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In A Call to Character: A Family Treasury, two award-winning writers also known for their work as teacher-educators, Colin Greer and Herbert Kohl, have collected almost 200 pieces of writing that they believe celebrate the values that go into building character. Through the poems, folk tales, prayers, and essays of writers from the past and present, they illuminate traits that embody such values as courage, loyalty, empathy, and generosity. Some of the selected writers include E.B. White, Mary Shelley, Nelson Mandela, and Jane Austen. Seen by some in the publishing world as an alternative to former U.S. Secretary of Education William J. Bennett's Book of Virtues, this literary sampler is intended by its authors to be a catalyst for families to reconnect and to discuss serious moral issues. Professors Greer and Kohl champion the fading family tradition of reading together as a way of re-opening lines of communication between parents and children in a media-dominated culture and of sparking in children moral imagination, self-esteem, and compassion for others. (HarperCollins)

The structures that support many American families are as precariously perched as a house of cards and are increasingly dependent on a single factor for their stability: child care. The search for adequate child care is a balancing ACT usually undertaken in private, which, if it collapses, threatens to wreak havoc not only on individuals, but also on schools and businesses, according to a new book. In Everybody's Children: Child Care as a Public Problem, William T. Gormley Jr., a professor of government and public policy at Georgetown University, contends that child care is a social problem critical enough to deserve government intervention. He observes that changes in the family structure and the economy have meant that traditional sources of child care have largely disappeared, throwing parents into a panic over how to find safe, affordable, and reliable care for their children. As a solution, he proposes a new level of collaboration between federal, state, and local governments as well as schools, family-support agencies, and religious institutions. He offers four distinct child-care models as an initial blueprint for inventing the best possible care system for children. (The Brookings Institution)

"I worry in every fiber of my being about our many children who, lacking a sense of sacred or internal moral moorings, are trying to grow up in a society without boundaries, without respect, without enough positive role models in home, in school ...." The lament is from Marian Wright Edelman, the founder of the Children's Defense Fund, who explains that when she started to write another policy book about the fate of the nation's children, "out tumbled prayers instead." The prayers, more than 150 of them, are carefully gathered in Guide My Feet: Prayers and Meditations on Loving and Working with Children. They speak about the rituals of parenting and love, the struggles of personal faith, and justice for children. She also includes special prayers for children as well as for community leaders. (Beacon Press)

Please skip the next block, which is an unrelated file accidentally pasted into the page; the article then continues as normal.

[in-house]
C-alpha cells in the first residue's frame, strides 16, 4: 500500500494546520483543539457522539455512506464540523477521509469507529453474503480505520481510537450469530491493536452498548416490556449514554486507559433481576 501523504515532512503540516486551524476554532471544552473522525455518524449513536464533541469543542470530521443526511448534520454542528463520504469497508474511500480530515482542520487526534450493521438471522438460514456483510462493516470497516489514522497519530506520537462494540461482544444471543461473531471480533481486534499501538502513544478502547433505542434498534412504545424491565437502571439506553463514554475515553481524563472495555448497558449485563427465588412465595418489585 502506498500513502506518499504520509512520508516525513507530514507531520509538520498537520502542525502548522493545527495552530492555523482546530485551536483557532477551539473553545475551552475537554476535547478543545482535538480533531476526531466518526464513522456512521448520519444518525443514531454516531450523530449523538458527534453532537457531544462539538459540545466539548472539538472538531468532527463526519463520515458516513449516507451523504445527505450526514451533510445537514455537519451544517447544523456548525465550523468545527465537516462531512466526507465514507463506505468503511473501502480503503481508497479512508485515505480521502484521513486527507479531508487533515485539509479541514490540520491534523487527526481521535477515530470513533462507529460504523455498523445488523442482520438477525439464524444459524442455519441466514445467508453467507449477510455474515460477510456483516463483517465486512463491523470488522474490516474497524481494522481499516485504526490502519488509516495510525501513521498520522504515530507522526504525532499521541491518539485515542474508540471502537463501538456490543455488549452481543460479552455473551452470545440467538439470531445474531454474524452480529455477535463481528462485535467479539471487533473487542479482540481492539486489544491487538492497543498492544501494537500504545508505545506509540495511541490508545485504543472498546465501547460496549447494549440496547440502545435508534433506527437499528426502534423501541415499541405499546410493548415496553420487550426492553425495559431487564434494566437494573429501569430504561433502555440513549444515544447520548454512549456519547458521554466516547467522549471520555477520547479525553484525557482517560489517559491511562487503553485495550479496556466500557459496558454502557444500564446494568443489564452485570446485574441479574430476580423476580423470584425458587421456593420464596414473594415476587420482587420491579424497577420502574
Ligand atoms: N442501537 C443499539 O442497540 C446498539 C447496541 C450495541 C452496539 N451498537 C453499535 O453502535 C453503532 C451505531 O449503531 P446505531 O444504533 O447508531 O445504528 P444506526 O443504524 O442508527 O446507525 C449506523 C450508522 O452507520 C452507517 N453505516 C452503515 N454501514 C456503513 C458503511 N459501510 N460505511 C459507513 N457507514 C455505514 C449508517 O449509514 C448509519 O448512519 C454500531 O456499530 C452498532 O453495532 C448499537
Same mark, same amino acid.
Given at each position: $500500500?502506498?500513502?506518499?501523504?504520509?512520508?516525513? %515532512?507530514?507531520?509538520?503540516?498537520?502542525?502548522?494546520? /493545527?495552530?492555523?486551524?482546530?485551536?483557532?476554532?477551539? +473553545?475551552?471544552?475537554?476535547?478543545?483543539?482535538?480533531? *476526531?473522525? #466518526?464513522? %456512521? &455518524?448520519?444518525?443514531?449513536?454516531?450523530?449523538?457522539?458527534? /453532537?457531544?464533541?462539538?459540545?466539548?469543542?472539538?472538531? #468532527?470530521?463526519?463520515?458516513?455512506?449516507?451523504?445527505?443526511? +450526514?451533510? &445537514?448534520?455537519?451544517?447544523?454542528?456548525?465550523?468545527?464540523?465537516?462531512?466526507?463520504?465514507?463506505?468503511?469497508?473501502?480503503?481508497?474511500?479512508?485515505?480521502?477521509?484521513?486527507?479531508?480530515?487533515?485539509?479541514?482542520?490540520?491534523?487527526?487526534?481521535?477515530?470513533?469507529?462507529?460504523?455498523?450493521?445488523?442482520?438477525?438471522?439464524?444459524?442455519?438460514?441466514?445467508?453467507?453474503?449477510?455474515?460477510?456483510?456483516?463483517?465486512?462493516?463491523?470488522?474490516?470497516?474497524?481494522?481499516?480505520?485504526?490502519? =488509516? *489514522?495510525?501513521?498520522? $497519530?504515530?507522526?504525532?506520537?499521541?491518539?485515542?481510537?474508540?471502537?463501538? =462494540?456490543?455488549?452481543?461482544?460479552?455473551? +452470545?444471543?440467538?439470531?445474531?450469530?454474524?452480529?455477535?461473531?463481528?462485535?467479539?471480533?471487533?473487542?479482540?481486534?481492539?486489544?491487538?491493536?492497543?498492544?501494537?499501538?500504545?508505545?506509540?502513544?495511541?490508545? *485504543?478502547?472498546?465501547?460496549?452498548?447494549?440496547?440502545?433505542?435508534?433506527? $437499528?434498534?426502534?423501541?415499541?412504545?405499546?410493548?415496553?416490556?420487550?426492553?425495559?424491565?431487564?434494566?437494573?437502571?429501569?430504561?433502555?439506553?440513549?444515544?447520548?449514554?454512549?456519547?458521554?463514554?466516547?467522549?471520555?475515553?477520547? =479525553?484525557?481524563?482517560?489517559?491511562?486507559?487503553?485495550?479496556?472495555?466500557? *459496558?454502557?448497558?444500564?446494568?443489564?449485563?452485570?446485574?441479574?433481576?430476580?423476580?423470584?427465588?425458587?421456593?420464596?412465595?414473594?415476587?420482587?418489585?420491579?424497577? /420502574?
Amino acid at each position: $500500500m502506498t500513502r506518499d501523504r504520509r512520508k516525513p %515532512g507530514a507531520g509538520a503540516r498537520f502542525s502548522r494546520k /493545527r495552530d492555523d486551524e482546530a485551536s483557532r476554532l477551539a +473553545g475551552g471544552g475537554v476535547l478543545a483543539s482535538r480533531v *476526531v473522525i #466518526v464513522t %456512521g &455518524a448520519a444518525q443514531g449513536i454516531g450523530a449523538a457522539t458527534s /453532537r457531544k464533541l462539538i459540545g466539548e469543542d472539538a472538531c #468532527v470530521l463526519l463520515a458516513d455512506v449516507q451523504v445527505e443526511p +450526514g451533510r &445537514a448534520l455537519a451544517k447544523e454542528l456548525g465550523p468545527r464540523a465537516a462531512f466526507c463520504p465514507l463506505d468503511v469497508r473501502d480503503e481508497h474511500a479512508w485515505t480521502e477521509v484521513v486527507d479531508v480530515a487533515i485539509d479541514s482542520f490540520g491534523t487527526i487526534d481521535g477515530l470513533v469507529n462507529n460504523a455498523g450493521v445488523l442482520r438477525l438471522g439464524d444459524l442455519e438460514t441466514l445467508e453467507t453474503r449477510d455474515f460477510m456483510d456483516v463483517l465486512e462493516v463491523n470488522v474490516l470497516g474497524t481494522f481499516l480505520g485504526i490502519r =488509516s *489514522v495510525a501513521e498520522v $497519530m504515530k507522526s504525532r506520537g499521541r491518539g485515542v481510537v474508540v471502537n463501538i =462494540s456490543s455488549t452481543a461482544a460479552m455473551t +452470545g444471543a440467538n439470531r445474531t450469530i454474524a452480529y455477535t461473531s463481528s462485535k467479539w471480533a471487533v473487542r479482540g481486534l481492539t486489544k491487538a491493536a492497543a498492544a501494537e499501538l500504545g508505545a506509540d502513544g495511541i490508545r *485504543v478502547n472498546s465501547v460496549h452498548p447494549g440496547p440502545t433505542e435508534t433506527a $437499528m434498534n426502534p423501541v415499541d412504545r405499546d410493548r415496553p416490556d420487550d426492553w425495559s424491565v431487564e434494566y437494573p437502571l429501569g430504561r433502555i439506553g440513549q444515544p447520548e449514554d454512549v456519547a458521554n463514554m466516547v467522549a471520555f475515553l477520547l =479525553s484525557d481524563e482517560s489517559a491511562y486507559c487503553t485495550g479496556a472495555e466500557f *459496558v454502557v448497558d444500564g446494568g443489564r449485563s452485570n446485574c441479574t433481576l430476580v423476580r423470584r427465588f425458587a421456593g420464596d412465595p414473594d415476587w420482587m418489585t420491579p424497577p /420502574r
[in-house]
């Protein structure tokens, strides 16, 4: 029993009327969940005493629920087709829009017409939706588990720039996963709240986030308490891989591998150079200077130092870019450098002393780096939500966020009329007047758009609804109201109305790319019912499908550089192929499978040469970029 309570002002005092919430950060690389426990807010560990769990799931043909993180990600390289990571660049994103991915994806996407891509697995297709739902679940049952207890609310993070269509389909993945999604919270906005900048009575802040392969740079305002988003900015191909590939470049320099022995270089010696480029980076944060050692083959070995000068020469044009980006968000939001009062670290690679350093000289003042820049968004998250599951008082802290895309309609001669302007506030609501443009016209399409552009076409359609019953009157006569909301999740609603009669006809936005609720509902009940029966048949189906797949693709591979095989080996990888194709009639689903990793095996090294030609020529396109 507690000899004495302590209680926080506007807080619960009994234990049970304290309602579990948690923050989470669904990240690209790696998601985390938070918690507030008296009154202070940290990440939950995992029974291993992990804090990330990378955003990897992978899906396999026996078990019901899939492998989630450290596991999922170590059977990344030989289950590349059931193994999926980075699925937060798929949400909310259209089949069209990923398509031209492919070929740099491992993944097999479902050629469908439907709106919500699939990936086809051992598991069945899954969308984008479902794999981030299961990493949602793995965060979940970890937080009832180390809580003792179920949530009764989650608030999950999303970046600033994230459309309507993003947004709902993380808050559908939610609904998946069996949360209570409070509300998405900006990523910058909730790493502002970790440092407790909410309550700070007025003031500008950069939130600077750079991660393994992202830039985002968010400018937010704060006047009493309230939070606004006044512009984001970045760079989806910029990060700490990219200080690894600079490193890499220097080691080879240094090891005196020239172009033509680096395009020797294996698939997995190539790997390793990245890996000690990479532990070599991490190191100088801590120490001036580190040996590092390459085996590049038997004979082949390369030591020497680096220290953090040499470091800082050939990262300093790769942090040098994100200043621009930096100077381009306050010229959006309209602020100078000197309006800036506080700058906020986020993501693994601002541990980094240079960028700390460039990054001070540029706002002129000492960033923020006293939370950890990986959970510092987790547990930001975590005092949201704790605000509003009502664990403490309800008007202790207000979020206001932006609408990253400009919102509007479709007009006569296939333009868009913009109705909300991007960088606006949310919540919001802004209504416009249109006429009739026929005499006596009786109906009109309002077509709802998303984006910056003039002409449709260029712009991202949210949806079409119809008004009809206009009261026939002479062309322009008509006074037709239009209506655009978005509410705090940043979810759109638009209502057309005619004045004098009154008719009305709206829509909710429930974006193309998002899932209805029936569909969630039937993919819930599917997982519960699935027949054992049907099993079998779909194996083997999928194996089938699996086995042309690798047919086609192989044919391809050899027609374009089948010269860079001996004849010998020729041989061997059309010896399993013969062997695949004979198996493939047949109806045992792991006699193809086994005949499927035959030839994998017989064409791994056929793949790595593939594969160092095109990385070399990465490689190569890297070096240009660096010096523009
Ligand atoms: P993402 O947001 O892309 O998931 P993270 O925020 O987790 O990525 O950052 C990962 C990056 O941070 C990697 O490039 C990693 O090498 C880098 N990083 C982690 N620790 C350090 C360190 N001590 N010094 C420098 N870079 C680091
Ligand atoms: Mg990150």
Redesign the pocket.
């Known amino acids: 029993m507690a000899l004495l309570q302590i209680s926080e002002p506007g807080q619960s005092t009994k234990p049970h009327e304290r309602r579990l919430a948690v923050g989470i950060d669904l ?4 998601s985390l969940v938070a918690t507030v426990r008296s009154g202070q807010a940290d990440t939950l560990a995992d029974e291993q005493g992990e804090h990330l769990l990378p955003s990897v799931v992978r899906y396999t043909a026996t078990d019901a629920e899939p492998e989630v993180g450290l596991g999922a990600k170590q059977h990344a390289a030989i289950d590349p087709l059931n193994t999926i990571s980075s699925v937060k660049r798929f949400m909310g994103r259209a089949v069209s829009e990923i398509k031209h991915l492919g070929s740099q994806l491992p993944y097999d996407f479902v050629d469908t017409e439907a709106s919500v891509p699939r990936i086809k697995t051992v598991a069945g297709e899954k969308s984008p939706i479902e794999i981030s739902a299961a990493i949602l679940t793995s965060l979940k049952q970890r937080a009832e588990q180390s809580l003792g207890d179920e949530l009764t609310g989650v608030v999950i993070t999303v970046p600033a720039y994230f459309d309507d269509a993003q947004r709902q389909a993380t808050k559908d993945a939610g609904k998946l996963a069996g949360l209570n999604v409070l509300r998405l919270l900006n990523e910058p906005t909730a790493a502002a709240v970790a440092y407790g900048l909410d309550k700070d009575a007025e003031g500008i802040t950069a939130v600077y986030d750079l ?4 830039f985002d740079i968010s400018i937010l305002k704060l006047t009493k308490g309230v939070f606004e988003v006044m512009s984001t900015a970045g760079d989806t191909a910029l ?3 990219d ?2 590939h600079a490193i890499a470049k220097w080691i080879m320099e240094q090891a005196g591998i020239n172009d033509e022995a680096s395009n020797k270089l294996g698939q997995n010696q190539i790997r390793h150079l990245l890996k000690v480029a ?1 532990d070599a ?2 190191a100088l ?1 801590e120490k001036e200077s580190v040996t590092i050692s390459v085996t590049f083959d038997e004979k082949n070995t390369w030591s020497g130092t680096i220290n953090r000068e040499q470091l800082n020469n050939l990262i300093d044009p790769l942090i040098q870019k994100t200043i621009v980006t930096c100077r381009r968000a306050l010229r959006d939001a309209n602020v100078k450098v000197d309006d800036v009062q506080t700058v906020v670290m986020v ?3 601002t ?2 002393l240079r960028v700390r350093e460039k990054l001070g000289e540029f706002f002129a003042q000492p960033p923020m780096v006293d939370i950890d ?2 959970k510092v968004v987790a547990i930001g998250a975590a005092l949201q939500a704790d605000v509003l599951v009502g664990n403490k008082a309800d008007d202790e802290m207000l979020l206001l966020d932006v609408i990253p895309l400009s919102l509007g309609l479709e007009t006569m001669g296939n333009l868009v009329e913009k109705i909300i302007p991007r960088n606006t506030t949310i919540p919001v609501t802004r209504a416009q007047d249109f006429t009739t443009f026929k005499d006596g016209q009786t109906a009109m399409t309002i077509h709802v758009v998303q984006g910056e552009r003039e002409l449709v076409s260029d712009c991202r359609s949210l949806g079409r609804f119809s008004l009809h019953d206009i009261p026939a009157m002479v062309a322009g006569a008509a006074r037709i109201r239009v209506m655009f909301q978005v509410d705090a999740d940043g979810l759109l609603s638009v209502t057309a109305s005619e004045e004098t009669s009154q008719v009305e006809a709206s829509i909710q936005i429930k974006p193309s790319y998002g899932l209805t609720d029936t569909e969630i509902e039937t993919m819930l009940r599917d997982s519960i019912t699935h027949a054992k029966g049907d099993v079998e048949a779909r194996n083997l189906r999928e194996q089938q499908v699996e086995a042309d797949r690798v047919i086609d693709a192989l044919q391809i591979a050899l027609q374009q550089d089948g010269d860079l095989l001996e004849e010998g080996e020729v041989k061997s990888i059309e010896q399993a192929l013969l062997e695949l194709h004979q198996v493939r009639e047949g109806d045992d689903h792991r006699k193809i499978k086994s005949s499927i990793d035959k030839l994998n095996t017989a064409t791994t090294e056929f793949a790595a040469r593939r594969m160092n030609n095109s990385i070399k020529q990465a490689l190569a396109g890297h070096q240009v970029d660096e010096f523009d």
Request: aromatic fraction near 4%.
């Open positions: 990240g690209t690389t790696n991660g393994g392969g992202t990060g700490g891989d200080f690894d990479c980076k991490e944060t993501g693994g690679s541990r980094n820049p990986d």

The writer John K. Wilson begins his analysis of the current politicized climate of academe this way: "Unlike most of the people attacking political correctness and higher education, I am a firsthand witness to what has been happening on college campuses for the past eight years." As a graduate student on the Committee on Social Thought at the University of Chicago in the 1980s, Mr. Wilson witnessed the birth of a movement questioning higher education's assumed capitulation to certain liberal modes of thought known loosely as "political correctness." Since that time, he has taken more than 150 college courses on topics ranging from economics to feminism taught by both left-leaning and conservative professors. His experience led him to conclude that anecdotes and exaggeration, not reality, make up most of the "conservative correctness" backlash against such social movements as multiculturalism, feminism, and affirmative action. In The Myth of Political Correctness: The Conservative Attack on Higher Education, Mr. Wilson uses examples from many college and university campuses to refute the widespread contention that, as he puts it, some politically correct "monster" is rampaging higher education. Like Nessie of Loch Ness, Mr. Wilson suggests, PC is a beguiling specter, but nonexistent. (Duke University Press)

Neglecting the nation's youngest citizens will have profound consequences for society, two professors from Columbia University's school of social work warn in a new book. Sheila B. Kamerman and Alfred J. Kahn outline the discouraging findings from a three-year study in Starting Right: How America Neglects Its Youngest Children and What We Can Do About It, reporting that the U.S financial commitment to the under-3-year-old population is less, proportionately, than any other industrialized nation's. The current social-policy counter-revolution, they say, will only exacerbate the situation. The professors argue that rather than retreating from a national commitment to young children, federal lawmakers should re-examine the country's fiscal priorities--if not for moral reasons, they say, then for economic ones. Although implementing the policies to help disadvantaged youngsters would be expensive, the writers argue that such an investment would not threaten the U.S. standard of living, but would provide a route to preserving it. To that end, they offer a detailed "action agenda" based on what they consider best practices in the United States and Europe. But the question remains, they note, of whether the public will support a policy reversal and how the government will respond to such public backing. (Oxford University Press)

--Megan Drennan

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